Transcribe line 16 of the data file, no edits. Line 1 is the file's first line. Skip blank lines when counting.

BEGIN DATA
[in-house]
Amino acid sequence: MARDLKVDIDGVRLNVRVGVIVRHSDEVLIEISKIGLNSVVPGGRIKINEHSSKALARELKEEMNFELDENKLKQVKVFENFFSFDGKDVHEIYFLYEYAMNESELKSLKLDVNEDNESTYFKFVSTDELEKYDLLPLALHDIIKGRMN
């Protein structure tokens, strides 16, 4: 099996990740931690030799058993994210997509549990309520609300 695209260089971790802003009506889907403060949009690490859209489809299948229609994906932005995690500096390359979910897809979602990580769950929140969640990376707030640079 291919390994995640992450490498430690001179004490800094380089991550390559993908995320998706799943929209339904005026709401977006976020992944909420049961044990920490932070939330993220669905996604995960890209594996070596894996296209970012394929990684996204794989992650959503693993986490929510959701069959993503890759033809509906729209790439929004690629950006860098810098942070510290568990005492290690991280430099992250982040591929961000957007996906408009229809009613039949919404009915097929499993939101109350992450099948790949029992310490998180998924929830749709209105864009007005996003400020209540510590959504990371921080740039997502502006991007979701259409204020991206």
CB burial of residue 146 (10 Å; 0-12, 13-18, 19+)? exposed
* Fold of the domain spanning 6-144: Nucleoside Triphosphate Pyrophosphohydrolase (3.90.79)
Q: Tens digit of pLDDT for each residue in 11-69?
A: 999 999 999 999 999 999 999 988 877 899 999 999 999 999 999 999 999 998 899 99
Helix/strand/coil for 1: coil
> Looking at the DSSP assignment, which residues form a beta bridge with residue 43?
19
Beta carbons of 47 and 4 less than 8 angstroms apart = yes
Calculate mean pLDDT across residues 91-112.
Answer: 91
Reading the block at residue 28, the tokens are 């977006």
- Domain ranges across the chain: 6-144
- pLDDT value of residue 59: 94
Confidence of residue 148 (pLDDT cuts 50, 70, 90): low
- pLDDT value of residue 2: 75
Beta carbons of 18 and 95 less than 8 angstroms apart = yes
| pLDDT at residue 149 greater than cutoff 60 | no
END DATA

- pLDDT value of residue 59: 94